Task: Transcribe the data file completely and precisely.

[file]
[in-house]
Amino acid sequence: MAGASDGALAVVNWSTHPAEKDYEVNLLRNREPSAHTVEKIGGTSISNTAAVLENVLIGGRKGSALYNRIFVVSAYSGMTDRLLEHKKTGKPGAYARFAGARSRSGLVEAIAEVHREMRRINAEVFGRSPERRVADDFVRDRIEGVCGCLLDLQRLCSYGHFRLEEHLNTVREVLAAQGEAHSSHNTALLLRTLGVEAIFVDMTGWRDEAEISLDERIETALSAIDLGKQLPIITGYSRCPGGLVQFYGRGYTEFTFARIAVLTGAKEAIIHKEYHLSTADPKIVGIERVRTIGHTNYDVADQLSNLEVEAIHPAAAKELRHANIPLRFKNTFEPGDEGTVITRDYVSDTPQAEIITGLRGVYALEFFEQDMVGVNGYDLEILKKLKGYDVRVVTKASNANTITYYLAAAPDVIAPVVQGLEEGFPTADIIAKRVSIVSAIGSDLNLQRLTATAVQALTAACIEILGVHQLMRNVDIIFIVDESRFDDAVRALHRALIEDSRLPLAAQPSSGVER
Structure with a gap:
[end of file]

[in-house]
Amino acid sequence: MAGASDGALAVVNWSTHPAEKDYEVNLLRNREPSAHTVEKIGGTSISNTAAVLENVLIGGRKGSALYNRIFVVSAYSGMTDRLLEHKKTGKPGAYARFAGARSRSGLVEAIAEVHREMRRINAEVFGRSPERRVADDFVRDRIEGVCGCLLDLQRLCSYGHFRLEEHLNTVREVLAAQGEAHSSHNTALLLRTLGVEAIFVDMTGWRDEAEISLDERIETALSAIDLGKQLPIITGYSRCPGGLVQFYGRGYTEFTFARIAVLTGAKEAIIHKEYHLSTADPKIVGIERVRTIGHTNYDVADQLSNLEVEAIHPAAAKELRHANIPLRFKNTFEPGDEGTVITRDYVSDTPQAEIITGLRGVYALEFFEQDMVGVNGYDLEILKKLKGYDVRVVTKASNANTITYYLAAAPDVIAPVVQGLEEGFPTADIIAKRVSIVSAIGSDLNLQRLTATAVQALTAACIEILGVHQLMRNVDIIFIVDESRFDDAVRALHRALIEDSRLPLAAQPSSGVER
Structure with a gap: